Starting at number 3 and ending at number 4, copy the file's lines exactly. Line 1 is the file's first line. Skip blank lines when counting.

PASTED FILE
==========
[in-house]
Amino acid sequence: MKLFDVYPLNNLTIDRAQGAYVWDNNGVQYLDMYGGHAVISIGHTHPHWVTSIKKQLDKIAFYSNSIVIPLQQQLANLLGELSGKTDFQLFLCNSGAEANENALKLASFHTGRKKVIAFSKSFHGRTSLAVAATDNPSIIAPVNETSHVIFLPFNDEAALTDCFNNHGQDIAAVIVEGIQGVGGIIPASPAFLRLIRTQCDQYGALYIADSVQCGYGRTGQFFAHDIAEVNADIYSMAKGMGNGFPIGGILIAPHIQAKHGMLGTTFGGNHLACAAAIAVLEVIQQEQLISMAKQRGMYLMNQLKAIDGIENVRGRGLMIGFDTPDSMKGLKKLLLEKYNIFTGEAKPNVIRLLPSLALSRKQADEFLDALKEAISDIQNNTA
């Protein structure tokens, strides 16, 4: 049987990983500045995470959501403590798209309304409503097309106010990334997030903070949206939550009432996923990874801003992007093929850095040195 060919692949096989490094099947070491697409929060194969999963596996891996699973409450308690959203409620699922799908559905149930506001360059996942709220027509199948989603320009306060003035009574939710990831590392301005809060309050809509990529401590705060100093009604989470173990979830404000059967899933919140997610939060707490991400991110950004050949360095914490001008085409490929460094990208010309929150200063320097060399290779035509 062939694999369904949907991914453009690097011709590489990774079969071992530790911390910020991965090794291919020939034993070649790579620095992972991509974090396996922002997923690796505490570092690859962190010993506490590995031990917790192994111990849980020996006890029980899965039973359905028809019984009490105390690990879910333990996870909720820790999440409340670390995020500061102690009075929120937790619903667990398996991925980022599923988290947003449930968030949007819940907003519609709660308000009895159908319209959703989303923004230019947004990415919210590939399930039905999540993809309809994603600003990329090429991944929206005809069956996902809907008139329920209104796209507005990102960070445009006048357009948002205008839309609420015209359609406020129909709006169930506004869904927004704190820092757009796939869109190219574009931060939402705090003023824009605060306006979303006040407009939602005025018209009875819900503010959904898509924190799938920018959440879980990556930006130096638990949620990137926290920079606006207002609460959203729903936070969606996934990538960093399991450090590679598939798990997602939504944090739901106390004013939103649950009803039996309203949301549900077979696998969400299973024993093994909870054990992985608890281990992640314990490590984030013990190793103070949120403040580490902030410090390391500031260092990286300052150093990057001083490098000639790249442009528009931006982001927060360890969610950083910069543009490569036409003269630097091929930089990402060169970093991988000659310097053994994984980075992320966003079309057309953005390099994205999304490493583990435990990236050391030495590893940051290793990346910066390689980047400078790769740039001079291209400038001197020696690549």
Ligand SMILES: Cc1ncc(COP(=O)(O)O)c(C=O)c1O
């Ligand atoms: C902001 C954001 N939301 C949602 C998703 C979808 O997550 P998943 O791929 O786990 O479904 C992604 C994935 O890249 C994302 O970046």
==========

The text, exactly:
């Protein structure tokens, strides 16, 4: 049987990983500045995470959501403590798209309304409503097309106010990334997030903070949206939550009432996923990874801003992007093929850095040195 060919692949096989490094099947070491697409929060194969999963596996891996699973409450308690959203409620699922799908559905149930506001360059996942709220027509199948989603320009306060003035009574939710990831590392301005809060309050809509990529401590705060100093009604989470173990979830404000059967899933919140997610939060707490991400991110950004050949360095914490001008085409490929460094990208010309929150200063320097060399290779035509 062939694999369904949907991914453009690097011709590489990774079969071992530790911390910020991965090794291919020939034993070649790579620095992972991509974090396996922002997923690796505490570092690859962190010993506490590995031990917790192994111990849980020996006890029980899965039973359905028809019984009490105390690990879910333990996870909720820790999440409340670390995020500061102690009075929120937790619903667990398996991925980022599923988290947003449930968030949007819940907003519609709660308000009895159908319209959703989303923004230019947004990415919210590939399930039905999540993809309809994603600003990329090429991944929206005809069956996902809907008139329920209104796209507005990102960070445009006048357009948002205008839309609420015209359609406020129909709006169930506004869904927004704190820092757009796939869109190219574009931060939402705090003023824009605060306006979303006040407009939602005025018209009875819900503010959904898509924190799938920018959440879980990556930006130096638990949620990137926290920079606006207002609460959203729903936070969606996934990538960093399991450090590679598939798990997602939504944090739901106390004013939103649950009803039996309203949301549900077979696998969400299973024993093994909870054990992985608890281990992640314990490590984030013990190793103070949120403040580490902030410090390391500031260092990286300052150093990057001083490098000639790249442009528009931006982001927060360890969610950083910069543009490569036409003269630097091929930089990402060169970093991988000659310097053994994984980075992320966003079309057309953005390099994205999304490493583990435990990236050391030495590893940051290793990346910066390689980047400078790769740039001079291209400038001197020696690549």
Ligand SMILES: Cc1ncc(COP(=O)(O)O)c(C=O)c1O